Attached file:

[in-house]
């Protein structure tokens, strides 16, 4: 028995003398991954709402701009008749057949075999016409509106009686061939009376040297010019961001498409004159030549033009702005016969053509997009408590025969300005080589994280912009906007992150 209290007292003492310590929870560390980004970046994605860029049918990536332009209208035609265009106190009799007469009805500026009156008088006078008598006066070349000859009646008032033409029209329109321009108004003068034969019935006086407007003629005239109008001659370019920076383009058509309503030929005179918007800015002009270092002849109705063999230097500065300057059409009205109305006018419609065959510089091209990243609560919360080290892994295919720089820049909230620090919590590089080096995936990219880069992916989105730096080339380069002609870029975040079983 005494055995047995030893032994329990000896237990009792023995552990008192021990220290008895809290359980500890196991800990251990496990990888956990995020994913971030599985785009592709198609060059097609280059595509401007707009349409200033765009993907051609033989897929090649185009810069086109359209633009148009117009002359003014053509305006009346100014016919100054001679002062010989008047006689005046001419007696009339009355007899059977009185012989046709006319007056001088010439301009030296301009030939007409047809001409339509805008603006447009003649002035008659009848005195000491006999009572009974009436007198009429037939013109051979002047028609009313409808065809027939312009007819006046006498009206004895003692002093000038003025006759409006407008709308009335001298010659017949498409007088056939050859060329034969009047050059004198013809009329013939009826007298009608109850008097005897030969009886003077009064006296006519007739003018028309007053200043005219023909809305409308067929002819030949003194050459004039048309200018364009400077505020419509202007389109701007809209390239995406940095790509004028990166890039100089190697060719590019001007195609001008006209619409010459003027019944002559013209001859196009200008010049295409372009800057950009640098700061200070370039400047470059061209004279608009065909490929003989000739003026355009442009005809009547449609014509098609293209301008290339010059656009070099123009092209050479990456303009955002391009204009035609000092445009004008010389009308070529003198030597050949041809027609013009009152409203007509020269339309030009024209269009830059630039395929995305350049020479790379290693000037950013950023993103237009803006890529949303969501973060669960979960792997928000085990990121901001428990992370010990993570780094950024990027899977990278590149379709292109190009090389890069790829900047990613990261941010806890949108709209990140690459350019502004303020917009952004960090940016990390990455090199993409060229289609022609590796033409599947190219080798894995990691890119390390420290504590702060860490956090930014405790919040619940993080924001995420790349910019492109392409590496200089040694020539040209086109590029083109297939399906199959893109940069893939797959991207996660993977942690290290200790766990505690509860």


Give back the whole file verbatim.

[in-house]
């Protein structure tokens, strides 16, 4: 028995003398991954709402701009008749057949075999016409509106009686061939009376040297010019961001498409004159030549033009702005016969053509997009408590025969300005080589994280912009906007992150 209290007292003492310590929870560390980004970046994605860029049918990536332009209208035609265009106190009799007469009805500026009156008088006078008598006066070349000859009646008032033409029209329109321009108004003068034969019935006086407007003629005239109008001659370019920076383009058509309503030929005179918007800015002009270092002849109705063999230097500065300057059409009205109305006018419609065959510089091209990243609560919360080290892994295919720089820049909230620090919590590089080096995936990219880069992916989105730096080339380069002609870029975040079983 005494055995047995030893032994329990000896237990009792023995552990008192021990220290008895809290359980500890196991800990251990496990990888956990995020994913971030599985785009592709198609060059097609280059595509401007707009349409200033765009993907051609033989897929090649185009810069086109359209633009148009117009002359003014053509305006009346100014016919100054001679002062010989008047006689005046001419007696009339009355007899059977009185012989046709006319007056001088010439301009030296301009030939007409047809001409339509805008603006447009003649002035008659009848005195000491006999009572009974009436007198009429037939013109051979002047028609009313409808065809027939312009007819006046006498009206004895003692002093000038003025006759409006407008709308009335001298010659017949498409007088056939050859060329034969009047050059004198013809009329013939009826007298009608109850008097005897030969009886003077009064006296006519007739003018028309007053200043005219023909809305409308067929002819030949003194050459004039048309200018364009400077505020419509202007389109701007809209390239995406940095790509004028990166890039100089190697060719590019001007195609001008006209619409010459003027019944002559013209001859196009200008010049295409372009800057950009640098700061200070370039400047470059061209004279608009065909490929003989000739003026355009442009005809009547449609014509098609293209301008290339010059656009070099123009092209050479990456303009955002391009204009035609000092445009004008010389009308070529003198030597050949041809027609013009009152409203007509020269339309030009024209269009830059630039395929995305350049020479790379290693000037950013950023993103237009803006890529949303969501973060669960979960792997928000085990990121901001428990992370010990993570780094950024990027899977990278590149379709292109190009090389890069790829900047990613990261941010806890949108709209990140690459350019502004303020917009952004960090940016990390990455090199993409060229289609022609590796033409599947190219080798894995990691890119390390420290504590702060860490956090930014405790919040619940993080924001995420790349910019492109392409590496200089040694020539040209086109590029083109297939399906199959893109940069893939797959991207996660993977942690290290200790766990505690509860």